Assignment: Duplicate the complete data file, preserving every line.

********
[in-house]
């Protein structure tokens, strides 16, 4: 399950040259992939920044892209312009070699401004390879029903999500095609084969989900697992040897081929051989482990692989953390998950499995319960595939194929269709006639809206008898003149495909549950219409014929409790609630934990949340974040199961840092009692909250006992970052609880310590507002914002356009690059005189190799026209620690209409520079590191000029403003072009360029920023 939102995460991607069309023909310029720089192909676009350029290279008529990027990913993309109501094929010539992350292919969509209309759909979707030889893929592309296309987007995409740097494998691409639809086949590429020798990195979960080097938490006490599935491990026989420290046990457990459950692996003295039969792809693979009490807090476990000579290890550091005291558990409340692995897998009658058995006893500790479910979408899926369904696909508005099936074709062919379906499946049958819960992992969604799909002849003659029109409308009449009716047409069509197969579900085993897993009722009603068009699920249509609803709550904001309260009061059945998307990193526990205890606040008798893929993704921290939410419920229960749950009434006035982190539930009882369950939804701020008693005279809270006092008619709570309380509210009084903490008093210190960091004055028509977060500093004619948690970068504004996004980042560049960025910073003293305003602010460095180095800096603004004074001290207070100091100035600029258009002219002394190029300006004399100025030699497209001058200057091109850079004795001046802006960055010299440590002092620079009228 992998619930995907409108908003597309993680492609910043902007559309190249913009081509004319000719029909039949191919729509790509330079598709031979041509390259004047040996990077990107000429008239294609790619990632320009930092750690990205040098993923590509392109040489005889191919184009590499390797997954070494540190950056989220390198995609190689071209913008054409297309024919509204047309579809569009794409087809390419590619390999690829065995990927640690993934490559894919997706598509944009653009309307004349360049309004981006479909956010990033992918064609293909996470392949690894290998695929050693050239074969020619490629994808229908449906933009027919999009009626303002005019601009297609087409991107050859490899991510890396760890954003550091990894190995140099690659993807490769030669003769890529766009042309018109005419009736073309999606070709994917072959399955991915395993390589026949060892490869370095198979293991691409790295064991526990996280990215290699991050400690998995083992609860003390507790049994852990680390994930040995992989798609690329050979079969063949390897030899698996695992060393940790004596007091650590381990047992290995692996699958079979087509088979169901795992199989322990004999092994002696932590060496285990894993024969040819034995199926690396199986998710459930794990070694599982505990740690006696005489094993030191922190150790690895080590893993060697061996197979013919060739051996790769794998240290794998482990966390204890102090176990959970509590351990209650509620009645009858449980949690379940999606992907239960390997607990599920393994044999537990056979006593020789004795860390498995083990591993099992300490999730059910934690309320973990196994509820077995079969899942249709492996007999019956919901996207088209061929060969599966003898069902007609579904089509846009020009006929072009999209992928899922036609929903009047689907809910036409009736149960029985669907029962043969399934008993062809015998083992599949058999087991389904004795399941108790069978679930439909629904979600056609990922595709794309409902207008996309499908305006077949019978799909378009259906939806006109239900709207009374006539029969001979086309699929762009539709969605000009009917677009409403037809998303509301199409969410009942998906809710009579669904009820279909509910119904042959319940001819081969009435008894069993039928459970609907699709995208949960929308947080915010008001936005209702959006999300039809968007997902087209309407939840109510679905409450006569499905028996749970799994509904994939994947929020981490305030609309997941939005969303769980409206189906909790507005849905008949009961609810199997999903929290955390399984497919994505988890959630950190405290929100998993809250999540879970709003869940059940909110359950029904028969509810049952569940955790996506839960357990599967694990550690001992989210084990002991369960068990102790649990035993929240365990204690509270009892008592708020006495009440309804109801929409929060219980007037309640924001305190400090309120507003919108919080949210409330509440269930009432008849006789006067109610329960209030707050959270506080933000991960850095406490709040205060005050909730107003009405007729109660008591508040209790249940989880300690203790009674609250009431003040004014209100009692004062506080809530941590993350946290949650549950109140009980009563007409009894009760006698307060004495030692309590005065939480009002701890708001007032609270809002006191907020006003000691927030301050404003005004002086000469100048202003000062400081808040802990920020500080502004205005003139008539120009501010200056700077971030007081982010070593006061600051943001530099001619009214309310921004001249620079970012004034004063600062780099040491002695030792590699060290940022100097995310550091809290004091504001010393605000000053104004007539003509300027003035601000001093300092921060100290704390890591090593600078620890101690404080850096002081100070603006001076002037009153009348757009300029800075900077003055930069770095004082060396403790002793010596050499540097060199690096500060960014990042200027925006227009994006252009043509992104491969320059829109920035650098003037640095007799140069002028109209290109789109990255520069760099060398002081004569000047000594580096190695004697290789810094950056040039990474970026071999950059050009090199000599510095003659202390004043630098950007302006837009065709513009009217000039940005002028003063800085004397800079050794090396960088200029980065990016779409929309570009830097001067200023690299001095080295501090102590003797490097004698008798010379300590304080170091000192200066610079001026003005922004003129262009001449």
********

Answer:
[in-house]
């Protein structure tokens, strides 16, 4: 399950040259992939920044892209312009070699401004390879029903999500095609084969989900697992040897081929051989482990692989953390998950499995319960595939194929269709006639809206008898003149495909549950219409014929409790609630934990949340974040199961840092009692909250006992970052609880310590507002914002356009690059005189190799026209620690209409520079590191000029403003072009360029920023 939102995460991607069309023909310029720089192909676009350029290279008529990027990913993309109501094929010539992350292919969509209309759909979707030889893929592309296309987007995409740097494998691409639809086949590429020798990195979960080097938490006490599935491990026989420290046990457990459950692996003295039969792809693979009490807090476990000579290890550091005291558990409340692995897998009658058995006893500790479910979408899926369904696909508005099936074709062919379906499946049958819960992992969604799909002849003659029109409308009449009716047409069509197969579900085993897993009722009603068009699920249509609803709550904001309260009061059945998307990193526990205890606040008798893929993704921290939410419920229960749950009434006035982190539930009882369950939804701020008693005279809270006092008619709570309380509210009084903490008093210190960091004055028509977060500093004619948690970068504004996004980042560049960025910073003293305003602010460095180095800096603004004074001290207070100091100035600029258009002219002394190029300006004399100025030699497209001058200057091109850079004795001046802006960055010299440590002092620079009228 992998619930995907409108908003597309993680492609910043902007559309190249913009081509004319000719029909039949191919729509790509330079598709031979041509390259004047040996990077990107000429008239294609790619990632320009930092750690990205040098993923590509392109040489005889191919184009590499390797997954070494540190950056989220390198995609190689071209913008054409297309024919509204047309579809569009794409087809390419590619390999690829065995990927640690993934490559894919997706598509944009653009309307004349360049309004981006479909956010990033992918064609293909996470392949690894290998695929050693050239074969020619490629994808229908449906933009027919999009009626303002005019601009297609087409991107050859490899991510890396760890954003550091990894190995140099690659993807490769030669003769890529766009042309018109005419009736073309999606070709994917072959399955991915395993390589026949060892490869370095198979293991691409790295064991526990996280990215290699991050400690998995083992609860003390507790049994852990680390994930040995992989798609690329050979079969063949390897030899698996695992060393940790004596007091650590381990047992290995692996699958079979087509088979169901795992199989322990004999092994002696932590060496285990894993024969040819034995199926690396199986998710459930794990070694599982505990740690006696005489094993030191922190150790690895080590893993060697061996197979013919060739051996790769794998240290794998482990966390204890102090176990959970509590351990209650509620009645009858449980949690379940999606992907239960390997607990599920393994044999537990056979006593020789004795860390498995083990591993099992300490999730059910934690309320973990196994509820077995079969899942249709492996007999019956919901996207088209061929060969599966003898069902007609579904089509846009020009006929072009999209992928899922036609929903009047689907809910036409009736149960029985669907029962043969399934008993062809015998083992599949058999087991389904004795399941108790069978679930439909629904979600056609990922595709794309409902207008996309499908305006077949019978799909378009259906939806006109239900709207009374006539029969001979086309699929762009539709969605000009009917677009409403037809998303509301199409969410009942998906809710009579669904009820279909509910119904042959319940001819081969009435008894069993039928459970609907699709995208949960929308947080915010008001936005209702959006999300039809968007997902087209309407939840109510679905409450006569499905028996749970799994509904994939994947929020981490305030609309997941939005969303769980409206189906909790507005849905008949009961609810199997999903929290955390399984497919994505988890959630950190405290929100998993809250999540879970709003869940059940909110359950029904028969509810049952569940955790996506839960357990599967694990550690001992989210084990002991369960068990102790649990035993929240365990204690509270009892008592708020006495009440309804109801929409929060219980007037309640924001305190400090309120507003919108919080949210409330509440269930009432008849006789006067109610329960209030707050959270506080933000991960850095406490709040205060005050909730107003009405007729109660008591508040209790249940989880300690203790009674609250009431003040004014209100009692004062506080809530941590993350946290949650549950109140009980009563007409009894009760006698307060004495030692309590005065939480009002701890708001007032609270809002006191907020006003000691927030301050404003005004002086000469100048202003000062400081808040802990920020500080502004205005003139008539120009501010200056700077971030007081982010070593006061600051943001530099001619009214309310921004001249620079970012004034004063600062780099040491002695030792590699060290940022100097995310550091809290004091504001010393605000000053104004007539003509300027003035601000001093300092921060100290704390890591090593600078620890101690404080850096002081100070603006001076002037009153009348757009300029800075900077003055930069770095004082060396403790002793010596050499540097060199690096500060960014990042200027925006227009994006252009043509992104491969320059829109920035650098003037640095007799140069002028109209290109789109990255520069760099060398002081004569000047000594580096190695004697290789810094950056040039990474970026071999950059050009090199000599510095003659202390004043630098950007302006837009065709513009009217000039940005002028003063800085004397800079050794090396960088200029980065990016779409929309570009830097001067200023690299001095080295501090102590003797490097004698008798010379300590304080170091000192200066610079001026003005922004003129262009001449």